Towards the development of a virtual counselor to tackle students' exam stress

Manolya Kavakli*, Manning Li, Tarashankar Rudra

*Corresponding author for this work

Research output: Contribution to journalArticlepeer-review

17 Citations (Scopus)


Exam stress is a common predicament faced by students of all age groups and cultures. If improperly managed, it can lead to insomnia, depression, suicide and many other negative health implications for students at all levels of education. However, exam stress management gained relatively low attention from the society and academia. Stress in optimal level can stimulate students to achieve their personal best in their exams. However, excessive stress can be devastating for their well-being. Consequently, it is highly imperative that timely counselling services are made available, particularly during their exam period when there is a bursting demand to access these resources. In this study, we propose that a virtual intelligent university student advisor would be highly useful and effective in meeting this demand. We have developed an embodied conversational agent, ESCAP that simulates the facial animations and advice of a professional psychologist to support undergraduate students in stress management during their exams. In this paper, we discuss the system architecture of ESCAP as well as the practical and theoretical implications of the system. We conducted a number of pilot tests with 25 students to design the affective system and found in 200 samples that in general the voices of male advisors are considered as more pleasant and credible than female advisors'; on the other hand, the voices of female advisors are considered as more clear, dynamic and competent than male advisors by most users. These findings have important implications on the design of virtual psychologists, especially regarding the gender of the virtual advisor. System developers should consider the gender of virtual advisors carefully to maximize their effect on users. The next stage of the project involves large scale experiments testing ESCAP's impact on students. In these experiments, we plan to measure the stress level of students using both qualitative and quantitative measures such as heart beat and skin conductivity before and after their interactions with ESCAP.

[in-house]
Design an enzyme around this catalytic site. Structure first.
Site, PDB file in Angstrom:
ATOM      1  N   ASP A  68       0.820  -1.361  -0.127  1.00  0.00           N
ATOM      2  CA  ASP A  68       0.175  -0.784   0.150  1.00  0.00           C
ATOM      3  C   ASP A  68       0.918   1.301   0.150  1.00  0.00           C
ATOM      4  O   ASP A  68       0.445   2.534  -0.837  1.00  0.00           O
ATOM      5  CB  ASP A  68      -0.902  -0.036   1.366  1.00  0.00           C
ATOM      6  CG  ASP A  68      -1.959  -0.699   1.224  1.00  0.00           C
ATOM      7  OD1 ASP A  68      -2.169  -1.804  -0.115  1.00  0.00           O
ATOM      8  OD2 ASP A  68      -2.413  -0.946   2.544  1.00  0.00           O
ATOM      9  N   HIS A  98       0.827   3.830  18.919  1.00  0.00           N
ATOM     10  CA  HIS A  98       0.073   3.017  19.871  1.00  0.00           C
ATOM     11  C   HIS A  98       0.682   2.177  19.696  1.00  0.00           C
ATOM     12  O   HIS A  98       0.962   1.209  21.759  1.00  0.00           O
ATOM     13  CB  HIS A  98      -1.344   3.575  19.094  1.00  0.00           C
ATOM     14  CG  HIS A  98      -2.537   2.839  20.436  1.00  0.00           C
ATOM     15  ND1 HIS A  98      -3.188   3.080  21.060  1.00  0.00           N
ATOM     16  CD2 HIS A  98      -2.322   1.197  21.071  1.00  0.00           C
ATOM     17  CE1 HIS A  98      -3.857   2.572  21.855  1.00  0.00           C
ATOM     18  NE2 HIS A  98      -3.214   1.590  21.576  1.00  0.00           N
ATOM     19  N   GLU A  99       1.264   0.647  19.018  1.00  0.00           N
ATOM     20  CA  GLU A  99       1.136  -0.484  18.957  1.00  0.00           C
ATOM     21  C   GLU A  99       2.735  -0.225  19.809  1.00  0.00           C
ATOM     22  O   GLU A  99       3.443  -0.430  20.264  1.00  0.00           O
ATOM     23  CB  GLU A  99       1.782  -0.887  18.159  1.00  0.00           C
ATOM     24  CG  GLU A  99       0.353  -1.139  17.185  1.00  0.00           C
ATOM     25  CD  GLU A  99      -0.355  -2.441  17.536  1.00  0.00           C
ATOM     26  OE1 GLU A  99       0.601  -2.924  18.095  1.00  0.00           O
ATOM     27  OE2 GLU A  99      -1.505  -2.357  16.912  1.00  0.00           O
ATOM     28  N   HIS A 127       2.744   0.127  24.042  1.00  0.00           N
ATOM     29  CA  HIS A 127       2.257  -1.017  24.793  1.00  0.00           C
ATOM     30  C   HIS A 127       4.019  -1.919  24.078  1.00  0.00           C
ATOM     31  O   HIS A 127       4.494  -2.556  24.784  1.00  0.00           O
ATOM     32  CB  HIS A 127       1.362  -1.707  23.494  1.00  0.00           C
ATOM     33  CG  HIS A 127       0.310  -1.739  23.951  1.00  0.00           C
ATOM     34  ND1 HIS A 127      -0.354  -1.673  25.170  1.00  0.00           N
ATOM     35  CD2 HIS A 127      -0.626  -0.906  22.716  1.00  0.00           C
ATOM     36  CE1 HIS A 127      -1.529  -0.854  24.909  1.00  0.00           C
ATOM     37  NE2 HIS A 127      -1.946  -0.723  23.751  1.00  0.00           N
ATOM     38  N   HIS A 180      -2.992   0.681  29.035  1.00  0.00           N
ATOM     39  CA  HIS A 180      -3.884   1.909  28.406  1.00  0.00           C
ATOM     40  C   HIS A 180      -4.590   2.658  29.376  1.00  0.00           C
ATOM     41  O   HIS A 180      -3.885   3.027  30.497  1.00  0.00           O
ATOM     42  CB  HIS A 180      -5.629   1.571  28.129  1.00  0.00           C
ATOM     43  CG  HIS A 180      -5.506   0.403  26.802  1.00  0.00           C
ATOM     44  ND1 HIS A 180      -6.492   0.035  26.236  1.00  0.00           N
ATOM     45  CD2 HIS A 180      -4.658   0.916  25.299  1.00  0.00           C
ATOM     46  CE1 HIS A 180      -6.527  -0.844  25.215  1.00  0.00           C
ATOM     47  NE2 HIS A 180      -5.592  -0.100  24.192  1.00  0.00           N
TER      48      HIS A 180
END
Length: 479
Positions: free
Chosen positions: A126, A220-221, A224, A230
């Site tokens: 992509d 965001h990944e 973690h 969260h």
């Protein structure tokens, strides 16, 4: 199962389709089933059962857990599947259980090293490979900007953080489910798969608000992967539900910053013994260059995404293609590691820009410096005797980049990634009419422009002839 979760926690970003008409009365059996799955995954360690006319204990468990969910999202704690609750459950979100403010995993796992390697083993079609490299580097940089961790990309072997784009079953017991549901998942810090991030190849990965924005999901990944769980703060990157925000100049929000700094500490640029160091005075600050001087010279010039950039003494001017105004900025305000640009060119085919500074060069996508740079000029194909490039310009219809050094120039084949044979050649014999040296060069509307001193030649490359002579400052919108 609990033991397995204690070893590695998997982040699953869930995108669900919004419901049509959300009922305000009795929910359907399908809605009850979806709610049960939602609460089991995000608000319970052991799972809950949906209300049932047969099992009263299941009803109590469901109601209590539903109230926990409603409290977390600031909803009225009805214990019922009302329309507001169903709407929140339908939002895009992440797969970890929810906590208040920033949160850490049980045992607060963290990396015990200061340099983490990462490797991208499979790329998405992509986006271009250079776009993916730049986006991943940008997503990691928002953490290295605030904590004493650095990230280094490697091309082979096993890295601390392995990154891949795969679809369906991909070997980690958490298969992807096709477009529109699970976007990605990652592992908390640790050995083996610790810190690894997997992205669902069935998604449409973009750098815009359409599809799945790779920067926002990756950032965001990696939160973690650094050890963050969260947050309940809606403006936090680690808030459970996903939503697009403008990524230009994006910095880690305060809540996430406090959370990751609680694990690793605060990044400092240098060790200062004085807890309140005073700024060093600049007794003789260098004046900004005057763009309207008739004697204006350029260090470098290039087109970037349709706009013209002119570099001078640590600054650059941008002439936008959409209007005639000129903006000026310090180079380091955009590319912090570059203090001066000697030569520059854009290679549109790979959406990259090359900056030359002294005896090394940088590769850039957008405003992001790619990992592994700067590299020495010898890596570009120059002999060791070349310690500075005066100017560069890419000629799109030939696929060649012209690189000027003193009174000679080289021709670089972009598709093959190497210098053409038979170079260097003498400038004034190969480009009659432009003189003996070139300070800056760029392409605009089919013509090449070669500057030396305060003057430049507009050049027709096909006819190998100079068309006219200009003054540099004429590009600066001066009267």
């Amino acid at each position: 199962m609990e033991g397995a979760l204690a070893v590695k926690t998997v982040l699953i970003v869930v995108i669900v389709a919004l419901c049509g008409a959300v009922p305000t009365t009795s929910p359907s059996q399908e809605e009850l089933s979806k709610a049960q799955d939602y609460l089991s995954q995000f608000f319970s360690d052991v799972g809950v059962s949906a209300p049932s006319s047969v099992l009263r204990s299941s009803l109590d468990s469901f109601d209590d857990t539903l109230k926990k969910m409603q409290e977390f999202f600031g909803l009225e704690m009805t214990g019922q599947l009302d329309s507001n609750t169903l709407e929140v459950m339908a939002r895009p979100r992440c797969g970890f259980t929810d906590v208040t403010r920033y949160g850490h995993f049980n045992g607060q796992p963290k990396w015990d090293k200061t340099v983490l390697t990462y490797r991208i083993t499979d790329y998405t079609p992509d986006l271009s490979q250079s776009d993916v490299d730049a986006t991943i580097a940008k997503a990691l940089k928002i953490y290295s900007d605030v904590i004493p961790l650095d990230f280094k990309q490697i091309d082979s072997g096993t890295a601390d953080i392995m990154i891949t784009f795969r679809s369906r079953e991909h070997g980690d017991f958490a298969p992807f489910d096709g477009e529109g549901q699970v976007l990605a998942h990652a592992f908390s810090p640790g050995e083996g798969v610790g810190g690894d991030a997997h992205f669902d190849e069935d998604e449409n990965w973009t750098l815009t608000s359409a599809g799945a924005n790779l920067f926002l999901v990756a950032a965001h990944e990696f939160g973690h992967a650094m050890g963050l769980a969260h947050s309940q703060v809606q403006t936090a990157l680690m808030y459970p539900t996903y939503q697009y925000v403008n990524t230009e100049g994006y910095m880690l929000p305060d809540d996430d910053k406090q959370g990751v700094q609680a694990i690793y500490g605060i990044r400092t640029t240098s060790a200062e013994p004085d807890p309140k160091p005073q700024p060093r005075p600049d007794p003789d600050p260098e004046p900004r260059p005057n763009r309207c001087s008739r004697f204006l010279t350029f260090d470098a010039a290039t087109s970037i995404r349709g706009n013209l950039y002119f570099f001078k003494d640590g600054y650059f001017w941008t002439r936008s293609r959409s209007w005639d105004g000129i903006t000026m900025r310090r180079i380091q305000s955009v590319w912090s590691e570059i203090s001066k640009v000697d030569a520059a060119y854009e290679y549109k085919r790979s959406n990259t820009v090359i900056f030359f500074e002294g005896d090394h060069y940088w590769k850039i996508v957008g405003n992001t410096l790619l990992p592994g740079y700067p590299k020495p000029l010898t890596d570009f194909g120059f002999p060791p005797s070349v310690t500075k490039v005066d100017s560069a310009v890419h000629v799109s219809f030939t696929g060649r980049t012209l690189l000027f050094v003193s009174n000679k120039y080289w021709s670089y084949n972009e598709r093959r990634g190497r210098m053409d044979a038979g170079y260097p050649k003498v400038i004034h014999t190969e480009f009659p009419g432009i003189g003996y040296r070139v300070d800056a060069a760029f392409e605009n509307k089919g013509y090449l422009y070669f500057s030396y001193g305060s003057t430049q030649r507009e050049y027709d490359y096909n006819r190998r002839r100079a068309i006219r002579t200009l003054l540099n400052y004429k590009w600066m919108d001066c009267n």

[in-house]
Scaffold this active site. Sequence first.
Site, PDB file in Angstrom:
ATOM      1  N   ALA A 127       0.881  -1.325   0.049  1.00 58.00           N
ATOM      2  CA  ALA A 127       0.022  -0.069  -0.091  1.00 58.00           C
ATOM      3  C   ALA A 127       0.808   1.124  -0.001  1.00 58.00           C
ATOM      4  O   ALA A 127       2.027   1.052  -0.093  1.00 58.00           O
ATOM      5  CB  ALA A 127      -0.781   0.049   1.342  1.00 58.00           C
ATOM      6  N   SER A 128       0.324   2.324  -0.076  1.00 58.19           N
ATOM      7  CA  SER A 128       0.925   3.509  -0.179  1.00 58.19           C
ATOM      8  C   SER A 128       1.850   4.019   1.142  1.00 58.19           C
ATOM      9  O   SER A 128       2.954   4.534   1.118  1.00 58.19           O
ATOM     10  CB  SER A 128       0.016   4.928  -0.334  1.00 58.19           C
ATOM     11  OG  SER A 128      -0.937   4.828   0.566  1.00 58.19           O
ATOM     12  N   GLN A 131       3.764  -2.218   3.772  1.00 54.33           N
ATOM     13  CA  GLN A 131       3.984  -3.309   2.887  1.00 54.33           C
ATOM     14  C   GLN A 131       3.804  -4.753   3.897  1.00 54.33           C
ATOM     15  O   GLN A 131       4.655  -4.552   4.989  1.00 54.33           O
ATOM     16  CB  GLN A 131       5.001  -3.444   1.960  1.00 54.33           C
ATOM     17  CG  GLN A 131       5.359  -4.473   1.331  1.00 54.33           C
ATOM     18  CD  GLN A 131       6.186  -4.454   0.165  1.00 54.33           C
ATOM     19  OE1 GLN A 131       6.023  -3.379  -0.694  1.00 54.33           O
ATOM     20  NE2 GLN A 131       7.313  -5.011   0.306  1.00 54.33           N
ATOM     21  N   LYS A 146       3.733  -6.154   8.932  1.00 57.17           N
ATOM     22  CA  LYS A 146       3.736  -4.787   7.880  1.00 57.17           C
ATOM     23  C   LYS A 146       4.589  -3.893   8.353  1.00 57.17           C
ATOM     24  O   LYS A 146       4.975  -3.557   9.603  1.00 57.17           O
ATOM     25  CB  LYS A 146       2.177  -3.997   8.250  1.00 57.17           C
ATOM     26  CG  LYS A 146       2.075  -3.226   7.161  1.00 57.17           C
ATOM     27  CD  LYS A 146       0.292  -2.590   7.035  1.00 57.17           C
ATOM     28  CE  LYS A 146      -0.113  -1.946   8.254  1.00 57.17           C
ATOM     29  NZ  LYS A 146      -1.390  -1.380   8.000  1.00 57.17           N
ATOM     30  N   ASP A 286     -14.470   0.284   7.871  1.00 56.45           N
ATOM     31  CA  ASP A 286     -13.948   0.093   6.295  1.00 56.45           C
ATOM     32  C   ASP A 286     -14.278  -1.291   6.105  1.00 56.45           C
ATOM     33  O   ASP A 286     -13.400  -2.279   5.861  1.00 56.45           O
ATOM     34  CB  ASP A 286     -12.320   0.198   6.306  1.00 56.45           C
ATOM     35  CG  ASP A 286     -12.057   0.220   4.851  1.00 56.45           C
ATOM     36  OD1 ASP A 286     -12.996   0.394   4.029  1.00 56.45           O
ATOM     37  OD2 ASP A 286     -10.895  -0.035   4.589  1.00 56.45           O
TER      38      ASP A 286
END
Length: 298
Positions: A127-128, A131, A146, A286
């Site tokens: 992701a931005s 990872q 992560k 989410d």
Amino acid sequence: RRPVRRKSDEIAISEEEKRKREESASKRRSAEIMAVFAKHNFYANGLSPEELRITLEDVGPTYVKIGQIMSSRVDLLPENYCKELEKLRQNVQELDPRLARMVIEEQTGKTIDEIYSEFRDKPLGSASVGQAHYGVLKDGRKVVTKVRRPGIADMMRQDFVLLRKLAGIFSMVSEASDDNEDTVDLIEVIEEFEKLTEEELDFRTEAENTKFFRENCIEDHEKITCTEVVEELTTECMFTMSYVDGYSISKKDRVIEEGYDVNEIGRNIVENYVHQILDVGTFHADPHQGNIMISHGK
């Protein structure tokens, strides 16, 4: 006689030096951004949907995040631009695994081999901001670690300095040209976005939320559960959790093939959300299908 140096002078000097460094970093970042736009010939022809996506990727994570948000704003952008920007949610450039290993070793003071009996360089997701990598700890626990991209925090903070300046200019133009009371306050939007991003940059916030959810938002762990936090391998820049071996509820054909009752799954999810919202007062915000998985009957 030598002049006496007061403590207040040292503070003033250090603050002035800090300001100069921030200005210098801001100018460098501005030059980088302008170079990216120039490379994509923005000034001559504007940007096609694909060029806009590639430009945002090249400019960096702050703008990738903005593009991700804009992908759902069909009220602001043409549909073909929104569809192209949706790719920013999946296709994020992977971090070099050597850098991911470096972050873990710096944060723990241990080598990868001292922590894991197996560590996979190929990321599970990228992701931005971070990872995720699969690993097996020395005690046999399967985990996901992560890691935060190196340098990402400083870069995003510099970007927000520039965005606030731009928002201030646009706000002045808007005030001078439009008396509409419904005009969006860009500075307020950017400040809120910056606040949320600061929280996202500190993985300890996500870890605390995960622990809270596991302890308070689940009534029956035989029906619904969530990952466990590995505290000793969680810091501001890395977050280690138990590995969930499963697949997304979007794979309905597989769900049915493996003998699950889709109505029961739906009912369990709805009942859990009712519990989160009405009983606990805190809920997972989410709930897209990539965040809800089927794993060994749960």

Original languageEnglish
Pages (from-to)5-26
Number of pages22
JournalJournal of Integrated Design and Process Science
Issue number1
Publication statusPublished - 2012


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